While many calendars and advertisements identify the third Monday in February as Presidents' Day
, the official name of the federal holiday is Washington's Birthday. The name of the federal holiday indicates that we are celebrating the birth of George Washington, but the name most of us are familiar with implies that we are celebrating other presidents as well. Which is it?
As it turns out, the history of this holiday has a few twists and turns. It originally began as a day of remembrance of George Washington
. Washington was much admired; following his death in 1779, his birthday became a day of commemoration. February 22 was signed into law as a federal holiday in 1879 by President Rutherford B. Hayes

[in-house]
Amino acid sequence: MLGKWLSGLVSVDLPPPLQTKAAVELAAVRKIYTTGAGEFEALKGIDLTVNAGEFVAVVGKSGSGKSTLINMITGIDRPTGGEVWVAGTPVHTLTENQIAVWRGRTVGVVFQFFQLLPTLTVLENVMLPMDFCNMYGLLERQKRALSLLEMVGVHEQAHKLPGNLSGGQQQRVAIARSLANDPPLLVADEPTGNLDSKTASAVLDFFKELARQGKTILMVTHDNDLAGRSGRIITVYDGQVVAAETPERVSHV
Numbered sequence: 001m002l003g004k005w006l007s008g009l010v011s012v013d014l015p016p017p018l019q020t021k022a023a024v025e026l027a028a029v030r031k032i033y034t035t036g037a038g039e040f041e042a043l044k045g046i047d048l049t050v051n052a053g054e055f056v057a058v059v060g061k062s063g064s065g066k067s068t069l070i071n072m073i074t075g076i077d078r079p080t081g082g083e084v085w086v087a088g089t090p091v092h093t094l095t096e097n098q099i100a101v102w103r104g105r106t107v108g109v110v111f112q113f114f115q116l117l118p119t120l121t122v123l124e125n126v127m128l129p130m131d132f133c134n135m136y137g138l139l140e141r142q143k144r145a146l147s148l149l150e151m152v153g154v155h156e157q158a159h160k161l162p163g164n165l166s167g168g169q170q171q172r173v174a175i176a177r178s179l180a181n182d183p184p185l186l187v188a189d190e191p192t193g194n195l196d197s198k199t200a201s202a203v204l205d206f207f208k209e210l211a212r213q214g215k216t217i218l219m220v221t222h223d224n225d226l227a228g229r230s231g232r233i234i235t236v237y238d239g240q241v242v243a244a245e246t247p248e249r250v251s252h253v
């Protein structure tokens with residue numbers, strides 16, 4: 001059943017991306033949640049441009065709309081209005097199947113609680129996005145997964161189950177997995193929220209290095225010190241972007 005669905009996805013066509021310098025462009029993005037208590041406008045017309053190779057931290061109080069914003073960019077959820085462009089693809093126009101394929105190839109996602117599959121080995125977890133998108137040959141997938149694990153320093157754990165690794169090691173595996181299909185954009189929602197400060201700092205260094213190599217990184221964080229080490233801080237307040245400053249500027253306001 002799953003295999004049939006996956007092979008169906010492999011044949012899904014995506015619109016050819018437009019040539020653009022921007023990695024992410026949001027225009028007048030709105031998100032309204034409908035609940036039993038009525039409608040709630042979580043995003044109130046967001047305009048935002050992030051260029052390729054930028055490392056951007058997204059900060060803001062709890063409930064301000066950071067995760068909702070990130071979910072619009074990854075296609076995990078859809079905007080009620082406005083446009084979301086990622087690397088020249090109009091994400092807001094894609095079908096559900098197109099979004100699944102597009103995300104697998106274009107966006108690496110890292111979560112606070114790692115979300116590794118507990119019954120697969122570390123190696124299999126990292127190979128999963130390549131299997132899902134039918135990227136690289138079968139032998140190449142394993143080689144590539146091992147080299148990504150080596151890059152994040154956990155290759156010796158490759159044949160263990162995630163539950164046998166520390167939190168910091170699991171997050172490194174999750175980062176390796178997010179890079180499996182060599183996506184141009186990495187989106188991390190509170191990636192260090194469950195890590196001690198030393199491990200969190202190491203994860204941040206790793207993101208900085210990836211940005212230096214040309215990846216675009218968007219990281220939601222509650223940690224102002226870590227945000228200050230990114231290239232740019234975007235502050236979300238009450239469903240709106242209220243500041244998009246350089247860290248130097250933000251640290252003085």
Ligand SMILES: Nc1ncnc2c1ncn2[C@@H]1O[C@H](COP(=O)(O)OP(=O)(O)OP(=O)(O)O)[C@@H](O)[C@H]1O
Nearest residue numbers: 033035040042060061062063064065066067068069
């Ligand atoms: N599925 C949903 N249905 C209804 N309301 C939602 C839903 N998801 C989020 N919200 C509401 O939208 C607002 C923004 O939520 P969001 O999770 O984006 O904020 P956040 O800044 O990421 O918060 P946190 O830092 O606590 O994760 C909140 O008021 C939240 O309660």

. Initially, the holiday only applied to the District of Columbia but was expanded to include the entire United States in 1885.
February 22? Yes, until 1971, the Father of Our Country's
birthday was, in fact, celebrated on his birthday. In the late 1960s however, there was a push to create more three-day weekends for federal workers. And, by that time, America had another widely admired President many wanted to celebrate as well: Abraham Lincoln
, also born in February.
While working out the details of the holiday bill
, the committee discussed whether the name of the Washington's Birthday should be changed to Presidents' Day but ultimately decided against it. However, the decision to place the observance on the third Monday of the month, also placed ...